SAN DIEGO - For the first time, a firefighter who was cuffed and detained by a California Highway Patrol officer at an accident scene is telling his story.
“I just remember it being very surreal,” said Jake Gregoire.
The emergency scene clash sparked national headlines. The crash occurred in early February shortly before 9:30 p.m. on northbound Interstate 805 in Chula Vista, California.
A Ford Mustang struck a concrete construction barrier and overturned. Three engines responded: two from Chula Vista and one from San Diego. Gregoire was driving one of the Chula Vista rigs.
“I was right next to the patient that we were going to pick up off the ground, getting ready to load into the ambulance, when I was interrupted,” said Gregoire.
He remembers a CHP officer, identified as Officer Sergio Flores, barked at him.
“I was told if you don’t get back into your fire engine and go back to your fire station, you will be arrested,” said Gregoire, “I was dumbfounded.”
While two other fire engines left the scene, Gregoire says he refused to leave because his rig was acting as a buffer, protecting the ambulance and first responders from traffic.
Emergency crews were set up in the southbound lanes, where all but one of the lanes was open.
“I couldn't live with myself for the rest of my life that someone could potentially be injured because I didn't stand up for what I believe in,” said Gregoire.
Moments later, Gregoire says Flores cuffed him and put him in the back of a cruiser. Gregoire thought his 12-year career was over.
“It was the worst 30 minutes of my life,” he said. “I'm sitting in the back of this ambulance … thinking how am I going to tell my wife?”
After the two agencies’ supervisors went back and forth for half an hour, Gregoire was released. No charges were filed.
A day later, the CHP and Chula Vista Fire Department issued a joint statement, calling it an “isolated incident” and a topic for future joint training sessions.
Scripps station Team 10 investigator Michael Chen asked Gregoire, “You’ve gotten a lot of media requests. You've said no. So why come forward now?”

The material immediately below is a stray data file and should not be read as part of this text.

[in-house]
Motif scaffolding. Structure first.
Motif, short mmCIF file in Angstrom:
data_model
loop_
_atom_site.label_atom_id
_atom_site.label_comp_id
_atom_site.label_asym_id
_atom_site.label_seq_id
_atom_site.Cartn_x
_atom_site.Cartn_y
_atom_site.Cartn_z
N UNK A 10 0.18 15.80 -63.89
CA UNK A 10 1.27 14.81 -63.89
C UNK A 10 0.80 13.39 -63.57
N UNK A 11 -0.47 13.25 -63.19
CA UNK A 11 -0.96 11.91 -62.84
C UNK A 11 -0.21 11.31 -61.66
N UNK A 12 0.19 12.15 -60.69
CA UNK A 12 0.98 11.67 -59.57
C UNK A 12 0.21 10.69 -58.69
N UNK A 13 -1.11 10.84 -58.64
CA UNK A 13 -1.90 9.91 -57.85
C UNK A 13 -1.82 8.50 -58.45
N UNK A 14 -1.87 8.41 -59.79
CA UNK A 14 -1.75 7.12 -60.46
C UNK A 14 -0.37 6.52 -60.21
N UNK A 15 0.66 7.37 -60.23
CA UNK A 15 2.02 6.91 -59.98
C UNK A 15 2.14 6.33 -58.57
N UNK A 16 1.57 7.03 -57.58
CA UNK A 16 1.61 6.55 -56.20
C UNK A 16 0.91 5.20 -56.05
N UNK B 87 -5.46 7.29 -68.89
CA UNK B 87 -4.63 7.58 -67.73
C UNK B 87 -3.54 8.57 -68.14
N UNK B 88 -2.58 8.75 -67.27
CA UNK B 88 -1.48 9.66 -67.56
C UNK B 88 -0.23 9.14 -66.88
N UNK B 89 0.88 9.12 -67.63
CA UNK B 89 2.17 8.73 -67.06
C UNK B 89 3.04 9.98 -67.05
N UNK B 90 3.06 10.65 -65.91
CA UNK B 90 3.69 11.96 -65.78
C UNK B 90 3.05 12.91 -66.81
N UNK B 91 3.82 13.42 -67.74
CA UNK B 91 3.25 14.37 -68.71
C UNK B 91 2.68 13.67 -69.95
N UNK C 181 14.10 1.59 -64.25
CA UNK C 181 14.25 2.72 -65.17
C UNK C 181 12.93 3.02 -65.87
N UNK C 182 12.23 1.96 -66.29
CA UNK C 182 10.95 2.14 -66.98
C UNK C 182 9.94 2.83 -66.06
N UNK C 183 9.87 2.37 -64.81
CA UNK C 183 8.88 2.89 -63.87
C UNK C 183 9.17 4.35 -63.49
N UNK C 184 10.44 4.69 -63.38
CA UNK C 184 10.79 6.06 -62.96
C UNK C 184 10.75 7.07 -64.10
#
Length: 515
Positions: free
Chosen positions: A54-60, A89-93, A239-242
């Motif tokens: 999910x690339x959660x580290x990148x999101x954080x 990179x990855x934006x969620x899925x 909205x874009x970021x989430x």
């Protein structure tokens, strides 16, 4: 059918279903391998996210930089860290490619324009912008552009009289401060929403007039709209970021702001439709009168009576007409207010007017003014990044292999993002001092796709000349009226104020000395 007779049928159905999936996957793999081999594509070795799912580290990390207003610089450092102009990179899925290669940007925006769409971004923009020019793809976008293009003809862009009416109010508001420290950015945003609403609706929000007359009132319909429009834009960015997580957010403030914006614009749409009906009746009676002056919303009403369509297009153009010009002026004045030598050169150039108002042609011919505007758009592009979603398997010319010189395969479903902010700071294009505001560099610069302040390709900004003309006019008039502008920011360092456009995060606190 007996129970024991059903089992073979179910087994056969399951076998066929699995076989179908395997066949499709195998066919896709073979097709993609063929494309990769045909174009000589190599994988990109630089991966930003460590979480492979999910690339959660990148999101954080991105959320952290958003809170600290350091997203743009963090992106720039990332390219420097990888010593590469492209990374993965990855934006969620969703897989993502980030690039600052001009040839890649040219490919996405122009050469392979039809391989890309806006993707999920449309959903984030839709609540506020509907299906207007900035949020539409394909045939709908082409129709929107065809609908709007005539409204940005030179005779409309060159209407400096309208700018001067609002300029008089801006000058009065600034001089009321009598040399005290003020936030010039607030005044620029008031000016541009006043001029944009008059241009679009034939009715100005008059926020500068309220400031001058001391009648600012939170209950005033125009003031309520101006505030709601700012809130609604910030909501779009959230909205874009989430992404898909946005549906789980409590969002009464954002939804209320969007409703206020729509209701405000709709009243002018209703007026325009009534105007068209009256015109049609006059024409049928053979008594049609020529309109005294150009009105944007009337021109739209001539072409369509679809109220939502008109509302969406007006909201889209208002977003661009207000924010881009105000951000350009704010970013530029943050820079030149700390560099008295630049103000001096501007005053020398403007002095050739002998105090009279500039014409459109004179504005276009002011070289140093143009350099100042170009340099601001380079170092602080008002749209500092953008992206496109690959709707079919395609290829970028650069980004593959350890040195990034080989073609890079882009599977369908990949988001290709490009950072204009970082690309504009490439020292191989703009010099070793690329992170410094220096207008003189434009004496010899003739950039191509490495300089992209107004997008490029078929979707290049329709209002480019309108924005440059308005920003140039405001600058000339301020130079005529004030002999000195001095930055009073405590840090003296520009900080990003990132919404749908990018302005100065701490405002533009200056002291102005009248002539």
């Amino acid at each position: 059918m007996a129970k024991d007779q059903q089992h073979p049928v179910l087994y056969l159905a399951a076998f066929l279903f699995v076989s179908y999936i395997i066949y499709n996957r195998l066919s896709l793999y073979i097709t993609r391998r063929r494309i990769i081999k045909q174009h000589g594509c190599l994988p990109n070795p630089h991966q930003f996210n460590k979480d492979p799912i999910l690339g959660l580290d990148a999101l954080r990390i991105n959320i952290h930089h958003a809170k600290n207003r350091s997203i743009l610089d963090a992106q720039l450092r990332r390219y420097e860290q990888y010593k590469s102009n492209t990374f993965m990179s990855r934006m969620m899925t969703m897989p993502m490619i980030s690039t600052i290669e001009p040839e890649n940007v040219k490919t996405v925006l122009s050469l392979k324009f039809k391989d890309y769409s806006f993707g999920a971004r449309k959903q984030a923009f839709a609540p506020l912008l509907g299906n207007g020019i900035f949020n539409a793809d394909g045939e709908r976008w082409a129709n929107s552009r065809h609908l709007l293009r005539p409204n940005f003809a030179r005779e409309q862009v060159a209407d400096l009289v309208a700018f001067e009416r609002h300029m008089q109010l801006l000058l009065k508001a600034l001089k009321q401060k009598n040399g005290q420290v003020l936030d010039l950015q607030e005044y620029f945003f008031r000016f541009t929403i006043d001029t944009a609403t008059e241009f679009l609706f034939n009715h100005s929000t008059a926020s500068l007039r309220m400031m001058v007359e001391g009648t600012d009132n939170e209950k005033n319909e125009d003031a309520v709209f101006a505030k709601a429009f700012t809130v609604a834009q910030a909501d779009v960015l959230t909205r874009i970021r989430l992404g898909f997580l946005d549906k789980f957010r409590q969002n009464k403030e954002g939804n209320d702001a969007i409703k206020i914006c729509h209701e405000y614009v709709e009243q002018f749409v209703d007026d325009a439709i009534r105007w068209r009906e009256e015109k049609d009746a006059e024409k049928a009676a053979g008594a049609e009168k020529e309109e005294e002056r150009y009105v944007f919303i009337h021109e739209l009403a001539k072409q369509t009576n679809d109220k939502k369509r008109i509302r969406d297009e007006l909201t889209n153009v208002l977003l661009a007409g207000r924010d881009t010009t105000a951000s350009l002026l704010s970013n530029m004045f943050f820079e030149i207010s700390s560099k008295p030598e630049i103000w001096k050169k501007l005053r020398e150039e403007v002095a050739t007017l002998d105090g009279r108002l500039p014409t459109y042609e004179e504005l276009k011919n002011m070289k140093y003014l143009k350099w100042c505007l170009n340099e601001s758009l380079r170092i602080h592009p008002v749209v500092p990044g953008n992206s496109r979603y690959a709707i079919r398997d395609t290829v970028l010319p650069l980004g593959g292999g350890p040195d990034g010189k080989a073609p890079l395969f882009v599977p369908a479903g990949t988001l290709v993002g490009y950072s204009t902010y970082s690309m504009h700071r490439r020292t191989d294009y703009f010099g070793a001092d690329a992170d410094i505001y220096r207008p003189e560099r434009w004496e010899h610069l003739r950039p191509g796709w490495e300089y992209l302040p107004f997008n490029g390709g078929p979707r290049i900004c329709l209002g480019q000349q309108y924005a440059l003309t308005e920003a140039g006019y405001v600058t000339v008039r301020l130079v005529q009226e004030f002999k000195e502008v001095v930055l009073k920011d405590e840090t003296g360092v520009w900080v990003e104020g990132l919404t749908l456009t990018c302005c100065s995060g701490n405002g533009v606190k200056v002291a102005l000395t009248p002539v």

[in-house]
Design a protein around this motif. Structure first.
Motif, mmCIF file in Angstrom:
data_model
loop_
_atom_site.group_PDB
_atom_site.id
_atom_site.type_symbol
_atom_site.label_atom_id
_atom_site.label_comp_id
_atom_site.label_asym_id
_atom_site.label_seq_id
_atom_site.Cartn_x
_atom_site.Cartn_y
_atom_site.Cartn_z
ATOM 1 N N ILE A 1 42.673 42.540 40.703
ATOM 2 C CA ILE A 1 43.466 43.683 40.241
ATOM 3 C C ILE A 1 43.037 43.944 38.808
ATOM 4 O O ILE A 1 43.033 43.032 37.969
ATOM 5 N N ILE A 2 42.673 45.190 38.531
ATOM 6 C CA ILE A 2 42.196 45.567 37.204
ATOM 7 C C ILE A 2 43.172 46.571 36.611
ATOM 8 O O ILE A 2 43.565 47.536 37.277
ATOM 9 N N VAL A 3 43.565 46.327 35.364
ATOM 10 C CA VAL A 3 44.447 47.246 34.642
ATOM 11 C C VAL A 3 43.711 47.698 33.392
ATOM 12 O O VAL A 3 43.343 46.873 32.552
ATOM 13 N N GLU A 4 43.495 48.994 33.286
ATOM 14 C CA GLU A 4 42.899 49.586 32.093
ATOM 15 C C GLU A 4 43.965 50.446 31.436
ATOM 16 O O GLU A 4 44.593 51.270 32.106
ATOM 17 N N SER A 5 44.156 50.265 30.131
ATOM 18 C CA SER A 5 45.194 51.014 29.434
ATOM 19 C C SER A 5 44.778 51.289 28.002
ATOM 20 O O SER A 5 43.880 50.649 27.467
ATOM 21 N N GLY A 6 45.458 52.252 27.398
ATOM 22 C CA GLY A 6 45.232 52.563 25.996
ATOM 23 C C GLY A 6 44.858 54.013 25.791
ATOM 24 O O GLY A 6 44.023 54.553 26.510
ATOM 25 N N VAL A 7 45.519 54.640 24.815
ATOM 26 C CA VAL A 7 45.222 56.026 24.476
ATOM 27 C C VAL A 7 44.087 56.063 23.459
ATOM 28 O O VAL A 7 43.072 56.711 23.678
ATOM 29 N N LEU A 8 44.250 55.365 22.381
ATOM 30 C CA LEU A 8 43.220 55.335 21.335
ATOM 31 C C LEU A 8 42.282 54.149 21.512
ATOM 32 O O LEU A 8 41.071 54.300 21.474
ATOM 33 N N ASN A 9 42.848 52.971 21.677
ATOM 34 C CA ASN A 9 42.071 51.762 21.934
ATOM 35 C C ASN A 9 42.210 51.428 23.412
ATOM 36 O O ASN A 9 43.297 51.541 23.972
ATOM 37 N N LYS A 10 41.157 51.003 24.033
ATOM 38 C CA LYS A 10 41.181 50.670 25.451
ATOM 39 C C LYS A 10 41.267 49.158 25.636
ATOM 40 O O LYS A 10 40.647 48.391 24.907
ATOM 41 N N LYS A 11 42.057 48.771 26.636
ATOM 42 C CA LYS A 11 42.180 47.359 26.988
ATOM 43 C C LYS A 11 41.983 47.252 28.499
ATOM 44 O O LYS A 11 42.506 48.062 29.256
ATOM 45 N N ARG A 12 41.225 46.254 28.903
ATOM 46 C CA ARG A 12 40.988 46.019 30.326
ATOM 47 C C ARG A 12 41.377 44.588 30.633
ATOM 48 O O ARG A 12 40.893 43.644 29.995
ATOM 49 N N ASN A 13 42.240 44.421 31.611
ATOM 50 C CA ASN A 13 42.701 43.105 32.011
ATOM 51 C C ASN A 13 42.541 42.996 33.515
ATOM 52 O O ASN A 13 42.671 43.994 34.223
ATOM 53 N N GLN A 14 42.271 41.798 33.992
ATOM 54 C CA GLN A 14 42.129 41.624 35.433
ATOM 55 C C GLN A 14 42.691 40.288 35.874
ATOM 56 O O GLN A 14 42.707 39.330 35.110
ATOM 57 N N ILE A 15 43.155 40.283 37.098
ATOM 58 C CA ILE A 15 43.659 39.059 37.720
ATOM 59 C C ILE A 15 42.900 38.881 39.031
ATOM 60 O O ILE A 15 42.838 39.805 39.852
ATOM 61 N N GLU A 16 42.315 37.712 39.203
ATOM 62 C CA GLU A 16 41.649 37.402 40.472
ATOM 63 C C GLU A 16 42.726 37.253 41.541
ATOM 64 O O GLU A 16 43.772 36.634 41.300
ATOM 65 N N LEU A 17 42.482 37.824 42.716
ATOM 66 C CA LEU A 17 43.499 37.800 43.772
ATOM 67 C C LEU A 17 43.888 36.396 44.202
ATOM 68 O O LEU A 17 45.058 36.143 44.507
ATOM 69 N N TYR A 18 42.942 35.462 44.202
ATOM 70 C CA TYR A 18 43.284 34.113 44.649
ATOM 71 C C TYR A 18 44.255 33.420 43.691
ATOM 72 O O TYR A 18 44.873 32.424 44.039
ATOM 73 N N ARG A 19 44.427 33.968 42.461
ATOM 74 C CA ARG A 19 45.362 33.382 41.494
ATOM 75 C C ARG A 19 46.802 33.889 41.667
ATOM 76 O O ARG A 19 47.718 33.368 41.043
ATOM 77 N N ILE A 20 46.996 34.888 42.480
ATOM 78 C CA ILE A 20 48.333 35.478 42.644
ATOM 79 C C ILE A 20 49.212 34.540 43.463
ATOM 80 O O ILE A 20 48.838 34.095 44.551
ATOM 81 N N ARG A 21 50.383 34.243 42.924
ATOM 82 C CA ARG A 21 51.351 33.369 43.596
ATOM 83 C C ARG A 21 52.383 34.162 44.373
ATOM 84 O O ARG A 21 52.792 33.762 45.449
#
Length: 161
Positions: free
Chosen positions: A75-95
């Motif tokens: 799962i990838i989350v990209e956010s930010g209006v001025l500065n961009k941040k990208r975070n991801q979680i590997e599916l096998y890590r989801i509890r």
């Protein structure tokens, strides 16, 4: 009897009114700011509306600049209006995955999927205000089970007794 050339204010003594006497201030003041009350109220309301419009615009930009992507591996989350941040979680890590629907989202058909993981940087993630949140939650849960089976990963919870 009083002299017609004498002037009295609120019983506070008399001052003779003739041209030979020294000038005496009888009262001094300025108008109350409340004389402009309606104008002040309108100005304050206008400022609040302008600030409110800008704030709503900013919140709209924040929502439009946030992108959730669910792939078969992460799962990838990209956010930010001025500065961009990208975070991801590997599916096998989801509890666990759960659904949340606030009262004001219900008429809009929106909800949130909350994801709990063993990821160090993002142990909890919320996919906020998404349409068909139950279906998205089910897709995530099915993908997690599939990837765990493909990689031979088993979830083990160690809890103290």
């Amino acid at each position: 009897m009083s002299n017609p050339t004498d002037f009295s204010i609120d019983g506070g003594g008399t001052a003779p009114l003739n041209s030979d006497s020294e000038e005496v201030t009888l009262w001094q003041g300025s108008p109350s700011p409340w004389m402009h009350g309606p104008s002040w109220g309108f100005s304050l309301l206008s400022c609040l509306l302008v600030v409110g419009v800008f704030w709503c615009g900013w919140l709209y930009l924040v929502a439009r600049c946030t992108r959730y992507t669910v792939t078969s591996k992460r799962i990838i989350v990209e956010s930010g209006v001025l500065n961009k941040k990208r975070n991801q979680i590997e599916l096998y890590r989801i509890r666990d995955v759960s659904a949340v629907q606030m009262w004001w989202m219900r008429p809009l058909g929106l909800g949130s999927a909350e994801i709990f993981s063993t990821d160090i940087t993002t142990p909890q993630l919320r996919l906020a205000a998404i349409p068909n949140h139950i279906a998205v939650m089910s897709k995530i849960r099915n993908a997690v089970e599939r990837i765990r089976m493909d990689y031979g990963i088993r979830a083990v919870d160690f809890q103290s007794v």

“Just because I don't think it was handled properly,” answered Gregoire.
He has hired attorney Dan Gilleon, who filed a claim against the CHP and the state, alleging civil rights violations.
“Because there were injuries, the incident commander was Chula Vista Fire,” Gilleon said. “CHP could have taken over jurisdiction, but they did not. In reality, the CHP officer was obstructing.”
Gilleon says he has uncovered a documented 2010 incident involving Flores threatening a firefighter with arrest, along with several cases that occurred after the incident: two more run-ins with CHP over parked engines, one involving Flores.
“It shows it's happened before, it's happened since and it's going to continue until something is done,” said Gilleon.
Gregoire says he believes no lessons have been learned and a new policy is needed. He says what is at stake is the welfare of those at the scene, including accident victims.
“We're delaying giving them care because we're spending time talking about where to park,” said Gregoire. “I also think about how much I don't want any other firefighter to go through this.”
Scripps Station 10News reached out to both the CHP and Chula Vista Fire. A representative for the CHP declined comment, citing pending litigation. Calls to a Chula Vista Fire Department representative were not returned.
Gregoire says he is willing to drop his claim – a precursor to a lawsuit – if he sees a change in policy.